Define an Interface for Array of Objects in TypeScript

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Borislav Hadzhiev

Last updated: Feb 25, 2022

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Define an Interface for Array of Objects in TypeScript #

To define an interface for an array of objects, define the interface for the type of each object and set the type of the array to be Type[], e.g. const arr: Employee[] = []. All of the objects you add to the array have to conform to the type, otherwise the type checker errors out.

index.ts
// ✅ All objects have predefined type interface Employee { id: number; name: string; } const arr: Employee[] = [ { id: 1, name: 'Tom' }, { id: 2, name: 'Jeff' }, ]; // ✅ Objects with extendable type interface Extendable { id: number; name: string; [key: string]: any; // 👈️ index signature } const arr2: Extendable[] = [ { id: 1, name: 'Tom' }, { id: 2, name: 'Jeff', salary: 100 }, ];

In the first example, we defined the type for an array of objects using an interface.

Each object has an id property of type number and a name property of type string.

Trying to add an object of different type to the array causes the type checker to throw an error.

index.ts
interface Employee { id: number; name: string; } const arr: Employee[] = [ { id: 1, name: 'Tom' }, { id: 2, name: 'Jeff' }, ]; // ⛔️ Error: Argument of type '{ salary: number; }' // is not assignable to parameter of type 'Employee'. arr.push({ salary: 100 });

This approach is very useful when you have to initialize the array as empty. If you initialize an empty array, TypeScript assumes its type to be any[].

index.ts
// 👇️ const arr: any[] const arr = [];

This means that you could add elements of any type to the array and you'd get no help from the type checker.

Instead, you should explicitly type all empty arrays.

index.ts
interface Employee { id: number; name: string; } const arr: Employee[] = [];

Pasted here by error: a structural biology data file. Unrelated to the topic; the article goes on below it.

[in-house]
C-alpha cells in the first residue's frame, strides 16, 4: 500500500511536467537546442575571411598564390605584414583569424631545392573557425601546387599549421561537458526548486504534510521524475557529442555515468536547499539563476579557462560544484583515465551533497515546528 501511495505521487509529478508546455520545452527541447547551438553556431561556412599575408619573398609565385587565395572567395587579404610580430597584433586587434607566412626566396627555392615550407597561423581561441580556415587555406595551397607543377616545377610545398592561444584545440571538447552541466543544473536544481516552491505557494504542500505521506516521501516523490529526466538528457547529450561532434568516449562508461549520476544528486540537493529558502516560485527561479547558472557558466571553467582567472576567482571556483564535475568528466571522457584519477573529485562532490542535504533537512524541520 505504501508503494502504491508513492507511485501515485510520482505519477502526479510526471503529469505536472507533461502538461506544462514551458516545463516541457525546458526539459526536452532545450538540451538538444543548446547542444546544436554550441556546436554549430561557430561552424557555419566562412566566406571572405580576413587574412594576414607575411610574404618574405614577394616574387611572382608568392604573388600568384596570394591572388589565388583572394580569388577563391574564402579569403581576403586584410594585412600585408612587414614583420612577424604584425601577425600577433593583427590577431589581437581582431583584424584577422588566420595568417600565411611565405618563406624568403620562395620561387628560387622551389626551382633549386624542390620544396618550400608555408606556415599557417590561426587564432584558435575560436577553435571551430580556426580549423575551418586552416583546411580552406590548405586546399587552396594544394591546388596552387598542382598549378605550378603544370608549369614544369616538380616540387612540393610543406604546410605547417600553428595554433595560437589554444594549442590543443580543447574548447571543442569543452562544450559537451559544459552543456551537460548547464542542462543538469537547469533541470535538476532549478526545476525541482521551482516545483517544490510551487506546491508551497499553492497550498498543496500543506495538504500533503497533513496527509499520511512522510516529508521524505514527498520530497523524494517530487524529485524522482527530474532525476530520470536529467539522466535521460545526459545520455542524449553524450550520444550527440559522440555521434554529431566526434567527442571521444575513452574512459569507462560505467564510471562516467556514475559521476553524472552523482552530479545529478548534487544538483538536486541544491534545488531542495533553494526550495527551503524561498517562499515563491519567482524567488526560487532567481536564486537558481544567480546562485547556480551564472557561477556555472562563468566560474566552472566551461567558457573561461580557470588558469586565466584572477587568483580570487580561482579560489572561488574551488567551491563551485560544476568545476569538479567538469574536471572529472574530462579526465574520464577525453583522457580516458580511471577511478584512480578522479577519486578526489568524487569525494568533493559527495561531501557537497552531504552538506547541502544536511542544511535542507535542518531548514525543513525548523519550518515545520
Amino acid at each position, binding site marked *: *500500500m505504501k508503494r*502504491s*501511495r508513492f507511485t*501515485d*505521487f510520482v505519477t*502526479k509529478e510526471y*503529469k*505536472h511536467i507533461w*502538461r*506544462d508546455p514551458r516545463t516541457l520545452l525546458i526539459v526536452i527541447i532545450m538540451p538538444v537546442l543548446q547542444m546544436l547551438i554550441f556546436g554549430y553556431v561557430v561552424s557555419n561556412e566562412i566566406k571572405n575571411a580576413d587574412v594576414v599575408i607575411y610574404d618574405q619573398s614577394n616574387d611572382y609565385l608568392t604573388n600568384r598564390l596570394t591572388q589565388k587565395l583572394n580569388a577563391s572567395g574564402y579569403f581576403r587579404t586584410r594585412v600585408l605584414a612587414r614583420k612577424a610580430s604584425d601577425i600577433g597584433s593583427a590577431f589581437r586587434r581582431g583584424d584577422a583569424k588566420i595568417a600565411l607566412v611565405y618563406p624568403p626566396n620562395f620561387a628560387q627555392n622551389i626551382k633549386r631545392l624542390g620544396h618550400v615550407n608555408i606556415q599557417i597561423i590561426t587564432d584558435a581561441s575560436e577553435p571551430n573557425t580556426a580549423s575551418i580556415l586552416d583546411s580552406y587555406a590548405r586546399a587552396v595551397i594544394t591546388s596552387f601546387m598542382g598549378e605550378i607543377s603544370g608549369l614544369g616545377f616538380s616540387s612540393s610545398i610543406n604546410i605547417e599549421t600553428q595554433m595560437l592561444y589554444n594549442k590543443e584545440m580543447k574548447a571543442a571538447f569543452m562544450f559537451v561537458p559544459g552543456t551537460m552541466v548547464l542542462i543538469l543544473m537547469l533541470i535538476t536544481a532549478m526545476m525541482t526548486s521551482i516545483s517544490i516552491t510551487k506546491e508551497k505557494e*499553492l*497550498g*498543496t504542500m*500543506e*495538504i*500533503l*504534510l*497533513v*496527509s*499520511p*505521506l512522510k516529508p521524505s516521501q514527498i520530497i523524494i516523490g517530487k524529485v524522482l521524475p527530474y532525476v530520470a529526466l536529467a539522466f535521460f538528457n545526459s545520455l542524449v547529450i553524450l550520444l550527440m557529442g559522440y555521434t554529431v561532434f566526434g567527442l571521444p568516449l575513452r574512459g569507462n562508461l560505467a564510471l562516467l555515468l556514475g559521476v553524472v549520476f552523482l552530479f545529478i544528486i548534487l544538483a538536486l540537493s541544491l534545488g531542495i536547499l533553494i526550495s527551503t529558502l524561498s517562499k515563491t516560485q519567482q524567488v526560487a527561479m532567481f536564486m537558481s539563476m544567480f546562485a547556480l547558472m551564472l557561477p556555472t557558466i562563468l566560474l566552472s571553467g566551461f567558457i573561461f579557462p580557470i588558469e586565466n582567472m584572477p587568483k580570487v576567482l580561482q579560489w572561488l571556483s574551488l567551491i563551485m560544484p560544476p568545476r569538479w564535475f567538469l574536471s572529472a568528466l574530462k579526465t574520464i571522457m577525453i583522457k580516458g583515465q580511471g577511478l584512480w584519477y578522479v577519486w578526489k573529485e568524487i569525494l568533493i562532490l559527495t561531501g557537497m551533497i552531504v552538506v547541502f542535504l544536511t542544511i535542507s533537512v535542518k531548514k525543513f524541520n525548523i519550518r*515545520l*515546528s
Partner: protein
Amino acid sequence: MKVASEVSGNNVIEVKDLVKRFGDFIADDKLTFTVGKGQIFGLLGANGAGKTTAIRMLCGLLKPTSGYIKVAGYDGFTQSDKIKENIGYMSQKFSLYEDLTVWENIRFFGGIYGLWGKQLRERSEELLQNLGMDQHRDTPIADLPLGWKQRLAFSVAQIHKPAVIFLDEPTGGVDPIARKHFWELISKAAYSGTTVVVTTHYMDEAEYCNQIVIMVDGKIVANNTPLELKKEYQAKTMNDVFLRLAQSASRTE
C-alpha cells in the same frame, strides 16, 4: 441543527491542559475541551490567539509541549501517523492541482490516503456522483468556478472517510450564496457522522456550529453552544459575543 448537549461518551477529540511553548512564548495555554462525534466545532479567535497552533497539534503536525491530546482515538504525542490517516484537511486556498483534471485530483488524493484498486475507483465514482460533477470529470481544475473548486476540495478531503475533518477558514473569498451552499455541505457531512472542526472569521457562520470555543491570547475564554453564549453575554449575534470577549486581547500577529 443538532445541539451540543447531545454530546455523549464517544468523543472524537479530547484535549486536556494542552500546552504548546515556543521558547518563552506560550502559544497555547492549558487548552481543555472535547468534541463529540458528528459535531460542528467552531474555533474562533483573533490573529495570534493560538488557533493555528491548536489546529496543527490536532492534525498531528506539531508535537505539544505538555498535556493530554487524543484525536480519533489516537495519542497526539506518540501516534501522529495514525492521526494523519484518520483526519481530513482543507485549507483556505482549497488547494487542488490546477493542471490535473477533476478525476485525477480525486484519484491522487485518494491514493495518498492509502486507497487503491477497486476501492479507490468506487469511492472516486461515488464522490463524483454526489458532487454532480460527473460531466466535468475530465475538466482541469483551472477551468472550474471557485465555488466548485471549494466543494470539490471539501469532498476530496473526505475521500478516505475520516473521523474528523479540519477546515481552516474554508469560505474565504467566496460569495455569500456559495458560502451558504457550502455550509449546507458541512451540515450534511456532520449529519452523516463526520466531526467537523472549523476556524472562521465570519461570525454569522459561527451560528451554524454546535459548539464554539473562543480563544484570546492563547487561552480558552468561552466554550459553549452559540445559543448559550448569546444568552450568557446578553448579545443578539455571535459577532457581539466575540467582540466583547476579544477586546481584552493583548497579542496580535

Now, you can only add objects that conform to the Employee type to the arr array.

If you don't know the names of all of the properties in the object ahead of time, use an index signature in your interface.

index.ts
interface Employee { id: number; name: string; [key: string]: any; // 👈️ index signature } const arr: Employee[] = [ { id: 1, name: 'Tom' }, { id: 2, name: 'Jeff', salary: 100 }, ]; arr.push({ id: 3, name: 'Adam', dept: 'accounting' });

An index signature is used when we don't know all the names of a type's properties and the shape of their values ahead of time.

The index signature in the example means that when an the object is indexed with a string, it will return a value of any type.

You might also see the index signature {[key: string]: string} in examples. It represents a key-value structure that when indexed with a string returns a value of type string.

Now we know that every element in the array will have an id property of type number, a name property of type string, but it can also have other properties where the key is a string and the value could be of any type.

When using this approach, you should always explicitly add all of the properties to the interface that you know about in advance.

It's best to minimize your use of any, so we can leverage the type checker as much as possible.

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